(3) A party is not required under paragraph (1) above to disclose or copy a communication if there is (or are) a compelling reason (or reasons) for not doing so; provided the reason or reasons is (or are) clearly stated in the communication.
(4) A written communication required under paragraph (1) above to be copied to the other party or parties or their representatives, must state on its face that it is being copied to that person or those persons, stating their identity and capacity.
(5) Unless the court otherwise directs, a written communication to the court which does not comply with paragraph (4) above will be returned to the sender without being considered by the court.
(6) In addition to the return of written communications under paragraph (5) above, where a party fails to comply with paragraph (1) above the court may, subject to hearing the parties, impose sanctions or exercise its other case management powers under Part 3.
Questions 10 to 12 relate to this new proposed sub-rule.
39.9 Recording and transcription of proceedings (New provision)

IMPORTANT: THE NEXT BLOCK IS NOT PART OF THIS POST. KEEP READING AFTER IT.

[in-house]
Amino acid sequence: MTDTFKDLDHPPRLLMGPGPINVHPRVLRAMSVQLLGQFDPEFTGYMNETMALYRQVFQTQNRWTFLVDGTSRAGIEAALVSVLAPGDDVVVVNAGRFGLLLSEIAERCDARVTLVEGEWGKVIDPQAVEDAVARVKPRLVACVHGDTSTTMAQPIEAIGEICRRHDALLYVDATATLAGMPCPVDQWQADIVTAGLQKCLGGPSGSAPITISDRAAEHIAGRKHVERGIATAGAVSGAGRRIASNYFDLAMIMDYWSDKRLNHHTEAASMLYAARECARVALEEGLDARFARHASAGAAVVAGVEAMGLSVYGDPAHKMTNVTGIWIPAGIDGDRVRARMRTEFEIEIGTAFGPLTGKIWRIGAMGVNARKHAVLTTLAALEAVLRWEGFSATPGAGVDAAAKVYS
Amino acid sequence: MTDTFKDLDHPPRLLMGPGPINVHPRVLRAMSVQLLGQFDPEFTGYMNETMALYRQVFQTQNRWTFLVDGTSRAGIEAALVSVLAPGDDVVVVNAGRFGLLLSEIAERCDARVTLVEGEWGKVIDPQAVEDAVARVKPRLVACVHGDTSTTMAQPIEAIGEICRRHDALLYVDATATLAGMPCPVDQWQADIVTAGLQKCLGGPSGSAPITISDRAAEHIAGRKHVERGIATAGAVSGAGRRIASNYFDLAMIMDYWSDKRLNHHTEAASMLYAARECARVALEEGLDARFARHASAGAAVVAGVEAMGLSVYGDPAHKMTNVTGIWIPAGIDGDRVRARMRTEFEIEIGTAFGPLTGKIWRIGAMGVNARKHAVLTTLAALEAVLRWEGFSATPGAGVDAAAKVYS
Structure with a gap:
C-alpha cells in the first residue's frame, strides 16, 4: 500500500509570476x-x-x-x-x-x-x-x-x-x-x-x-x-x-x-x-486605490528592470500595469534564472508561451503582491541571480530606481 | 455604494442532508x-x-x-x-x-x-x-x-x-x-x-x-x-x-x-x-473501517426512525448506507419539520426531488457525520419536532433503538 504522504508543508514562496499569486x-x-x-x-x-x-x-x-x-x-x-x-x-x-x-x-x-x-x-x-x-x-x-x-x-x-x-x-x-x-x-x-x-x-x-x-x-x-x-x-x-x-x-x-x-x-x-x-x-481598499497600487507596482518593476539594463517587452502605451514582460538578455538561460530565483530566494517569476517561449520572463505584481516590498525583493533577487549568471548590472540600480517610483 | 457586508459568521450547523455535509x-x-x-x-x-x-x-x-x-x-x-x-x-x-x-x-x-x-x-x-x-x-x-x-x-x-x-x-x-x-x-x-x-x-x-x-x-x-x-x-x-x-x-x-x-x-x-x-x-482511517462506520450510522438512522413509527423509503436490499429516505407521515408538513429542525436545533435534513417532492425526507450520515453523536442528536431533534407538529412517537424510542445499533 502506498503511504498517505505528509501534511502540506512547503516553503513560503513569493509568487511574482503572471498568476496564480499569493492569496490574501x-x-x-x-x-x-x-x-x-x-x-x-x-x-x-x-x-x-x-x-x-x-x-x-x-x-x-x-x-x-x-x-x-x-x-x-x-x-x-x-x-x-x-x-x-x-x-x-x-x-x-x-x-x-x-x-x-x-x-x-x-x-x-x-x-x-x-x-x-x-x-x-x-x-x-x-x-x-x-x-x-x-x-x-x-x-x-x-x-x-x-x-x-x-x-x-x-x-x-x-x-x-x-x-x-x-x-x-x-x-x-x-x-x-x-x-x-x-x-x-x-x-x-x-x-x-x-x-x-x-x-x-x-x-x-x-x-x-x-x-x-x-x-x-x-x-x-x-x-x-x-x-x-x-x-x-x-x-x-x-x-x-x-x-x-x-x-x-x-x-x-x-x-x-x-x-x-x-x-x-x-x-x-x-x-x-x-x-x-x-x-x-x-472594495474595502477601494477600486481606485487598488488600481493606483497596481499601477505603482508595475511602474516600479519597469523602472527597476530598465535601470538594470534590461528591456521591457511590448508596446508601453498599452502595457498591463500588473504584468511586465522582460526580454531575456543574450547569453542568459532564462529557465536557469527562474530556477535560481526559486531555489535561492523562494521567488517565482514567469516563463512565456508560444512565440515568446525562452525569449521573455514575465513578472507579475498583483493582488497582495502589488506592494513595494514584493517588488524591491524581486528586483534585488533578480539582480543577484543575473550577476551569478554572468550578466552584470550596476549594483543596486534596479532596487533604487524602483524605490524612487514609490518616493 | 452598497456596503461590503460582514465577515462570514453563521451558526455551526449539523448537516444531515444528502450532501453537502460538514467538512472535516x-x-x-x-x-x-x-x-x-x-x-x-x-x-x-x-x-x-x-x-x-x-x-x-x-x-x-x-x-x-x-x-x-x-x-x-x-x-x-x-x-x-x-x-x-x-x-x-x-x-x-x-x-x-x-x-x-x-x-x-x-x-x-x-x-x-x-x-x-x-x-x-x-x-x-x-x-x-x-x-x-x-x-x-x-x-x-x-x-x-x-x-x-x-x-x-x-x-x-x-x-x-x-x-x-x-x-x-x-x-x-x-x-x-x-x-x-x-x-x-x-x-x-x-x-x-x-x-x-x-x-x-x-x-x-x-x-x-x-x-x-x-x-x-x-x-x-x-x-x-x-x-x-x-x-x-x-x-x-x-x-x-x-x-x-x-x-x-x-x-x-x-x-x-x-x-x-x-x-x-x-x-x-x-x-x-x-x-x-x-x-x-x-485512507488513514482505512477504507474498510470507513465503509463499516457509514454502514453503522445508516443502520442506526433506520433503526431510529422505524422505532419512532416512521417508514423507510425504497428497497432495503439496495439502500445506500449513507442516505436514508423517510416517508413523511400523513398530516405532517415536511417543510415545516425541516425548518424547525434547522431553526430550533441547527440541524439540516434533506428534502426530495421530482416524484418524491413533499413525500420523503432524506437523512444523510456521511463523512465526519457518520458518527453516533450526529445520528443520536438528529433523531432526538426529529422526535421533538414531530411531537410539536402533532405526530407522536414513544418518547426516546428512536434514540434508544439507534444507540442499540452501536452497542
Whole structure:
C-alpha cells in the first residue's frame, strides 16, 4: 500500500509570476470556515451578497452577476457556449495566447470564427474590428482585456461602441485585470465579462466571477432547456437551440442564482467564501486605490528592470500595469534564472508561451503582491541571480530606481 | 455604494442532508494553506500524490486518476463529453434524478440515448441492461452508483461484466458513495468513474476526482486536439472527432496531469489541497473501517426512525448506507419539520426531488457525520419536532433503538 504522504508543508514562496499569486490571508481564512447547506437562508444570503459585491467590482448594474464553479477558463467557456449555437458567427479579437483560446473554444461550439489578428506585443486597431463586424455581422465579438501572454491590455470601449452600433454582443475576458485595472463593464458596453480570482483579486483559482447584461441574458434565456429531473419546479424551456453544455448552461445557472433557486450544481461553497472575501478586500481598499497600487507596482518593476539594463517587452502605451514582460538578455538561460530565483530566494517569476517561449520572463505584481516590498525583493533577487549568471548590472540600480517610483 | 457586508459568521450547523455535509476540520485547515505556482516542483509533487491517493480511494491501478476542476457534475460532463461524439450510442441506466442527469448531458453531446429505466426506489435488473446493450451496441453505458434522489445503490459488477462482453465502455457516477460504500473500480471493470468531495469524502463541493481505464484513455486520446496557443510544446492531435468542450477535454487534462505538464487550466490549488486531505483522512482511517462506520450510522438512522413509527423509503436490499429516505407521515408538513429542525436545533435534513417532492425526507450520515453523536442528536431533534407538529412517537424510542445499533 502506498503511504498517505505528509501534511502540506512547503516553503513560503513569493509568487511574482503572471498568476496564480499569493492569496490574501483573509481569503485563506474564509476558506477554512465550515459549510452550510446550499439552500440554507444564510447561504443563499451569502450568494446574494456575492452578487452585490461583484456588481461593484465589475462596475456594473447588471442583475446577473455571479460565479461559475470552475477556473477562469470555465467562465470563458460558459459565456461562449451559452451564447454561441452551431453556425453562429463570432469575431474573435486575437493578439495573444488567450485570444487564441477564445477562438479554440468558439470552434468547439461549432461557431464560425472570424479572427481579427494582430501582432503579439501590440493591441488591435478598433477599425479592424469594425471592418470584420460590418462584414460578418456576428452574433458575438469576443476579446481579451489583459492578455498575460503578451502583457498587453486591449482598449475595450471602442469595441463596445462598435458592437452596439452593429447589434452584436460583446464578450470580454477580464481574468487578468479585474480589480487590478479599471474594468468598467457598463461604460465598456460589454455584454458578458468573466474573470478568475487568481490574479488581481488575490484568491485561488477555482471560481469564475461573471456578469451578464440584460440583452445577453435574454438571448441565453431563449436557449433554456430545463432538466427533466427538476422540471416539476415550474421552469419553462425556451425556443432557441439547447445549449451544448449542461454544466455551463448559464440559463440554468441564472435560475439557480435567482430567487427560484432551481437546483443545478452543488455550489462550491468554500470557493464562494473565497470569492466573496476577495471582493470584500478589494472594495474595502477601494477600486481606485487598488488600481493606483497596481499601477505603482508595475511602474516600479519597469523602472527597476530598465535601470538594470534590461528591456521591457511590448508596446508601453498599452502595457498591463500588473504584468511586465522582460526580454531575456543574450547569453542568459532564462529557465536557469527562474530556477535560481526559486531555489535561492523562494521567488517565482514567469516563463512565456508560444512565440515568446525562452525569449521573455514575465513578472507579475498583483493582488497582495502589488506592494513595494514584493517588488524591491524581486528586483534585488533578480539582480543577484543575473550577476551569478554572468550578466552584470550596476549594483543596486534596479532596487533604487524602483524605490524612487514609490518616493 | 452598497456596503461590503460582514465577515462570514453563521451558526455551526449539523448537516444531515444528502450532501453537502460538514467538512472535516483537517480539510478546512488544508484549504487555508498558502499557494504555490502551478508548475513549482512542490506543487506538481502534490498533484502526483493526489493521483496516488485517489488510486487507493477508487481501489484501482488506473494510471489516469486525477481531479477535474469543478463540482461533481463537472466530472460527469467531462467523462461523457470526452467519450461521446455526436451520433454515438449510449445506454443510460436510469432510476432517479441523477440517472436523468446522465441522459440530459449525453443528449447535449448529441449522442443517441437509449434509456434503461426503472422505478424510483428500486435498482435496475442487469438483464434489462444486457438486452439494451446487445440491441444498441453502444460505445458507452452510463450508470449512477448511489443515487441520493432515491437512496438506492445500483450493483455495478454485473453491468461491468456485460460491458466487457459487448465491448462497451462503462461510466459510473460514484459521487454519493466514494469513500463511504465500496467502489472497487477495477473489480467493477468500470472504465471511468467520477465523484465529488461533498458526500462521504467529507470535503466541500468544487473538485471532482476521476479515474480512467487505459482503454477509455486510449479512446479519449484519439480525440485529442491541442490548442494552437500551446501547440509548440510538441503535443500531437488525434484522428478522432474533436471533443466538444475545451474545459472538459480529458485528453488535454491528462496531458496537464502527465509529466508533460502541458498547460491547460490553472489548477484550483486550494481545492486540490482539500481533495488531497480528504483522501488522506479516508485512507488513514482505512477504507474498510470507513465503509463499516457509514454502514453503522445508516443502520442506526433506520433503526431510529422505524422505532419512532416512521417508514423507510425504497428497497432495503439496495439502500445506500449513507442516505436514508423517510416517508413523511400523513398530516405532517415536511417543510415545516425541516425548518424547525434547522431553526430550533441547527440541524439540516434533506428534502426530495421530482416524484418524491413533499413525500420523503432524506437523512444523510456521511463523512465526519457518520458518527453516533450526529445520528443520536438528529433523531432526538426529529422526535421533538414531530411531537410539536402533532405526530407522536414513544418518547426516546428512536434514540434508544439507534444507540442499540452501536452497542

(1) At any hearing, whether in the High Court or the County Court, the proceedings will be tape recorded or digitally recorded unless the judge directs otherwise.
(2) No party or member of the public may use unofficial recording equipment in any court or judge’s room without the permission of the court. To do so without permission constitutes a contempt of court.
(3) Any party or person may require a transcript or transcripts of the recording of any hearing to be supplied to him, upon payment of the charges authorised by any scheme in force for the making of the recording or the transcript.
(4) Where the person requiring the transcript or transcripts is not a party to the proceedings and the hearing or any part of it was held in private under rule 39.2, paragraph (3) above does not apply unless the court so orders.
(5) Paragraph 6(2) of Practice Direction 52C (Appeals to the Court of Appeal) deals with the provision of transcripts for use in the Court of Appeal at public expense.
(6) At any hearing, whether in public or in private the judge may give appropriate direction to assist a party, in particular one who is or has been or may become unrepresented, for the compilation and sharing of any note or other informal record of the proceedings made by another party or by the Judge.
Questions 13 to 15 relate to this new proposed sub-rule.